ATLANTA â€” Austin Rivers' arms are extended, palms facing the Phillips Arena rafters.
He doesn't trust himself. He's thinking too much, over-contemplating the cuts and screens that serve a greater purpose in his new role with the New Orleans Hornets. His coach, Monty Williams, notices as well. Following his team's 97-68 loss to the Atlanta Hawks, Williams tersely answered a question on whether Rivers looks hesitant with a decisive and abrupt, "Yes."
"I'm thinking so much. That's not who I am," said Rivers, who scored 11 points in the loss. "Some players like to think a lot, but that's not who I am. I'm the complete opposite. I just go."
This is not the Austin Rivers the basketball world is accustomed to watching.
Rivers stocked up the highlight reels for Duke in his lone season at the college level, leading a relatively talent-depleted Blue Devils' squad to a 27-7 record and an NCAA tournament bid â€” which culminated in a first-round loss to Lehigh and his NBA exodus.
At times last season, he was the only hope for coach Mike Krzyzewski's offense. When Duke's back was against the wall against a solid defensive team, it often fell to Rivers and his innate driving ability to get to the basket and cause teams to react. It was his burden to carry: sometimes it worked â€” his game-winning 3-pointer against North Carolina will remain in NCAA lore for decades â€” and other times it didn't.
But his role is different now.
After hearing David Stern call his name as the 10th pick in the NBA Draft, he became one of many talented athletes striving to make it in the world's premier basketball league. He's no longer the superstar; he's a borderline starter (depending on how Williams wants to juggle the lineup when standout guard Eric Gordon returns from injury) still trying to grasp a new system.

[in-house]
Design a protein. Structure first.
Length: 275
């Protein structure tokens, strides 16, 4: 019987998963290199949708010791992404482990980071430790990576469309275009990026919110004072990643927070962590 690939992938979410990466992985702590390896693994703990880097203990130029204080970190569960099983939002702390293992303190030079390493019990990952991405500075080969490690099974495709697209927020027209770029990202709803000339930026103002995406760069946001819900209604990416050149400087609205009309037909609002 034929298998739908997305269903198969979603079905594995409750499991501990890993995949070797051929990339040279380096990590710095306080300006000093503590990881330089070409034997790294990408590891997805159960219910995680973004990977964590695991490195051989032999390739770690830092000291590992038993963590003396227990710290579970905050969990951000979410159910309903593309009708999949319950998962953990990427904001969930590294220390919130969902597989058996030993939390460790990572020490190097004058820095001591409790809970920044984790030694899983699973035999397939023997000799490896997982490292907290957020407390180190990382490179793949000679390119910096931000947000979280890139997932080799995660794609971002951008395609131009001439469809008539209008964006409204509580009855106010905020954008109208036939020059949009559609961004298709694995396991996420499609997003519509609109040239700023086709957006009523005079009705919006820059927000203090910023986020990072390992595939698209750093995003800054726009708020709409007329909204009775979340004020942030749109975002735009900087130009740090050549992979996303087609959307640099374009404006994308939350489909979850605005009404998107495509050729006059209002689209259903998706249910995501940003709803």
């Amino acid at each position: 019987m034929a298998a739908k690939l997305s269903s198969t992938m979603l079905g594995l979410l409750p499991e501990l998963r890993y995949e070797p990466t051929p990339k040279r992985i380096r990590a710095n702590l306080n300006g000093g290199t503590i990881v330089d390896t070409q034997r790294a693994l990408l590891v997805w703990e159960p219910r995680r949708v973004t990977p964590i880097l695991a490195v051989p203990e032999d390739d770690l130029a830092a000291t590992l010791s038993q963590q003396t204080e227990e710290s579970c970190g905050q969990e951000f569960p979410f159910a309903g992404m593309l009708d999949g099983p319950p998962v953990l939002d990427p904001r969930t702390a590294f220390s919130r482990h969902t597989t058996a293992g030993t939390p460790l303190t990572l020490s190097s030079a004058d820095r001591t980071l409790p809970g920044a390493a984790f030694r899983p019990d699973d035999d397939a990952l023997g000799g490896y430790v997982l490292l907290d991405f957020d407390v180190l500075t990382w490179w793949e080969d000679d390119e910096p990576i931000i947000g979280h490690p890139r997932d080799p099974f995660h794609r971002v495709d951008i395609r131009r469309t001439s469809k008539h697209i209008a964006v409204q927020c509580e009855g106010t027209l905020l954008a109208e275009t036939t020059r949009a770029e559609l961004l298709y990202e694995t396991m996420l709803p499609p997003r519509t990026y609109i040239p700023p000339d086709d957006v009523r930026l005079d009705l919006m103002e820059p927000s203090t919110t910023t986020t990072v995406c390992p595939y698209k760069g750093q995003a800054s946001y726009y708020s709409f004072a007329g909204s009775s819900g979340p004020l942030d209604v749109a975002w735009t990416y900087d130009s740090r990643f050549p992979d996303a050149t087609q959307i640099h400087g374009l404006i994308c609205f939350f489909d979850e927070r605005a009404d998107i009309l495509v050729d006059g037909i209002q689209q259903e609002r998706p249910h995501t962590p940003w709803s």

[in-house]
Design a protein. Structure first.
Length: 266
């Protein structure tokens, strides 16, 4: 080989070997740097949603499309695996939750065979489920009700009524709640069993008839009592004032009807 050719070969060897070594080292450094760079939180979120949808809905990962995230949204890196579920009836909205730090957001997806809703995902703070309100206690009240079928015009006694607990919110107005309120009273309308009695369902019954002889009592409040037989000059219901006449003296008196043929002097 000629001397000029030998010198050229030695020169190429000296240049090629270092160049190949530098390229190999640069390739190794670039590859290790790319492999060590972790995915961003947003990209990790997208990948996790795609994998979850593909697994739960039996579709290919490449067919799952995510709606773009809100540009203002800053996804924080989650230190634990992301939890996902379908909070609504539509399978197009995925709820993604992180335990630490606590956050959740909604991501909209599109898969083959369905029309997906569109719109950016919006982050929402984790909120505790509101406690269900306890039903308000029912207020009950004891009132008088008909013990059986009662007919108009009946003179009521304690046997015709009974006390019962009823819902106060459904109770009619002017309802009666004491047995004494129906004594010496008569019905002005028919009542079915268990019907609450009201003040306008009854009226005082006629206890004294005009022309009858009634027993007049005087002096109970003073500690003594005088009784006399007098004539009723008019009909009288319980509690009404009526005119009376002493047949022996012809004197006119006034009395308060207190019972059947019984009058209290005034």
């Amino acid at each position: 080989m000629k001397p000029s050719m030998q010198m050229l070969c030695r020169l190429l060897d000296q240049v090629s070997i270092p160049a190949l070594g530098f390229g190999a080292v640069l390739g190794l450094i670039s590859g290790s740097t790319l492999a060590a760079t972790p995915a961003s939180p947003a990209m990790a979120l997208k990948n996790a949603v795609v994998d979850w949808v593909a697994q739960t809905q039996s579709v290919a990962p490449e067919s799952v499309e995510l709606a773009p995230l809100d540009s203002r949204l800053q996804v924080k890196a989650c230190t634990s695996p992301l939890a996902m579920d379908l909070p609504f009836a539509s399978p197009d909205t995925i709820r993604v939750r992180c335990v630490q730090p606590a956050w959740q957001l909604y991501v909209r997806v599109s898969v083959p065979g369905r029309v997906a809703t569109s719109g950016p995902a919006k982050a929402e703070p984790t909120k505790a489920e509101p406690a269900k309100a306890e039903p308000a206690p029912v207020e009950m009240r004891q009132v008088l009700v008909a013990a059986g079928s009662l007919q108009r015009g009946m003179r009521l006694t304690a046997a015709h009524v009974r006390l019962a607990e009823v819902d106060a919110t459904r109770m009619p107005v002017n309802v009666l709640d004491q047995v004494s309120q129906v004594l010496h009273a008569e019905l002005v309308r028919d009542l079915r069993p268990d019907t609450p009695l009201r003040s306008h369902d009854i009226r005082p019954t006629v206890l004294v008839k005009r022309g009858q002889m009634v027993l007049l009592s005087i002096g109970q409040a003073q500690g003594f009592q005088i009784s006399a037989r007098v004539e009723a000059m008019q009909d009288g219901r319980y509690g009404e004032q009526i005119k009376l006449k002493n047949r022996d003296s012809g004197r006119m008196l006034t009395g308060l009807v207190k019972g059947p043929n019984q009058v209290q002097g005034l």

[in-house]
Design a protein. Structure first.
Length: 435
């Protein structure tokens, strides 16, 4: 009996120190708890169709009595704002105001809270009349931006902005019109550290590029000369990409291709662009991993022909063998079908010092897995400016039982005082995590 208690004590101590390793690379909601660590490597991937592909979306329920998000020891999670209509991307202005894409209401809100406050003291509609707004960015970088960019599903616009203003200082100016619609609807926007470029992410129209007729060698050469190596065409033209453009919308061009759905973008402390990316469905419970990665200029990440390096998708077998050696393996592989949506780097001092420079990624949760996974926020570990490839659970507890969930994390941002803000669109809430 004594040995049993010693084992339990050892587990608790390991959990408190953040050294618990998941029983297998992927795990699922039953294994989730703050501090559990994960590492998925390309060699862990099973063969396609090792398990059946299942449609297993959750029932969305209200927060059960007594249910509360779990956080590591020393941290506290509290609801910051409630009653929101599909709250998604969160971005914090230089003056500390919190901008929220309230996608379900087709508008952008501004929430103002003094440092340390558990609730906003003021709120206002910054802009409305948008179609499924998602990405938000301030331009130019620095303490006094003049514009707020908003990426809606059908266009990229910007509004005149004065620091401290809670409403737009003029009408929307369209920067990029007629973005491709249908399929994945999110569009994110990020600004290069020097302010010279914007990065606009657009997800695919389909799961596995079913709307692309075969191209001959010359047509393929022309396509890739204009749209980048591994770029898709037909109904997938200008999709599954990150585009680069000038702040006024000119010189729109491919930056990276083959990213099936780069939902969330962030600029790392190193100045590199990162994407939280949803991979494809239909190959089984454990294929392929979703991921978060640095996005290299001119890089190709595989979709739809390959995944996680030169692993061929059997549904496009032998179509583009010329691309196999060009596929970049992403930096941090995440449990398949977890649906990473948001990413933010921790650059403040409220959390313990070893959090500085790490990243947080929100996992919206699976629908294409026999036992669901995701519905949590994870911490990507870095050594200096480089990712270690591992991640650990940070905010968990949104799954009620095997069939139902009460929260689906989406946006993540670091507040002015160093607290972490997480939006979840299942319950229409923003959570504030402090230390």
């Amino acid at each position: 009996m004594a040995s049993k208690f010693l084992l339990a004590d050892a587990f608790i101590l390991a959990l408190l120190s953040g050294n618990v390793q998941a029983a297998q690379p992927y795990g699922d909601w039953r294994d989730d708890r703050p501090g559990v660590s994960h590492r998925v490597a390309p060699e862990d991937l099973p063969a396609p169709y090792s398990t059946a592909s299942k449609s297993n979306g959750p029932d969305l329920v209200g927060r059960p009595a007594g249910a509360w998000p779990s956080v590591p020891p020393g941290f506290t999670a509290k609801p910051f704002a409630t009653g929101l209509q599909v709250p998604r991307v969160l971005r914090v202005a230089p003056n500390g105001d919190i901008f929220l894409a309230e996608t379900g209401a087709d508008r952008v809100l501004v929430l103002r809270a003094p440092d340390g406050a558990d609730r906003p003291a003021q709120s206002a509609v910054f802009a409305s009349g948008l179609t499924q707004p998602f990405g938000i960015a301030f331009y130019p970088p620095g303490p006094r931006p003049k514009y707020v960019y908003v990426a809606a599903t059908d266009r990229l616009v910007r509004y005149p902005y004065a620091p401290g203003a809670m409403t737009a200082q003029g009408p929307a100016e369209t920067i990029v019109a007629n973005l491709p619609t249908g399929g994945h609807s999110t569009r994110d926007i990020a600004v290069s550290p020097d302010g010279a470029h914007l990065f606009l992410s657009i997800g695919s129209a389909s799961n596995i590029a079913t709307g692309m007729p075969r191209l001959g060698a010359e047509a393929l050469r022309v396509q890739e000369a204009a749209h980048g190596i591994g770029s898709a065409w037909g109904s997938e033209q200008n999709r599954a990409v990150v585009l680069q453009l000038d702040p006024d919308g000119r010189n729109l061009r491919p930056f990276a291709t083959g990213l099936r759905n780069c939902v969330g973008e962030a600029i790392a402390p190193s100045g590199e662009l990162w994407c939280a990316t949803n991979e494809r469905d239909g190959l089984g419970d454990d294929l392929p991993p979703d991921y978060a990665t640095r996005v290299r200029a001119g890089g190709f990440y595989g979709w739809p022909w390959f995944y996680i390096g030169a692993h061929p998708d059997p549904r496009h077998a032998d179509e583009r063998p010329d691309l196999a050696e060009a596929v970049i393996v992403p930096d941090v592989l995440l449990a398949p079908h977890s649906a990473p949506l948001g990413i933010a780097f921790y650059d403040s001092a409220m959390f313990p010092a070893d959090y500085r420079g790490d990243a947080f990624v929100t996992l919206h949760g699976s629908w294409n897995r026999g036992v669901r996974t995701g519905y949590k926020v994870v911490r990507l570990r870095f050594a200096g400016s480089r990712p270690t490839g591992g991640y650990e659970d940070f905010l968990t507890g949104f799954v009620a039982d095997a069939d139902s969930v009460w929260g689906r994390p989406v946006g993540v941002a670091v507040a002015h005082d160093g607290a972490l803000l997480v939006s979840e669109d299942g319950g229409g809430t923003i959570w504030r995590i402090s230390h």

"Going out, what I need to do is study the film so I know all the plays in the back of my head so that when they call the play I'm not thinking. I can just run it," Rivers said. "That's the biggest thing for me personally is getting the plays just down. Once I get that down, which will be in the next week or so I'll have that down, I'll be able to just play."
Fellow Hornets rookie Anthony Davis, the prized No. 1 pick in June's draft, falls into a similar category on the opposite end of the spectrum. Although he was named the Naismith National Player of the Year for his singular season at Kentucky, Davis rarely found himself as the focal point of John Calipari's offense. He played off his teammates, cleaning up mistakes, throwing down alley-oops and defending the rim like few ever have at the collegiate level. He was transcendent.
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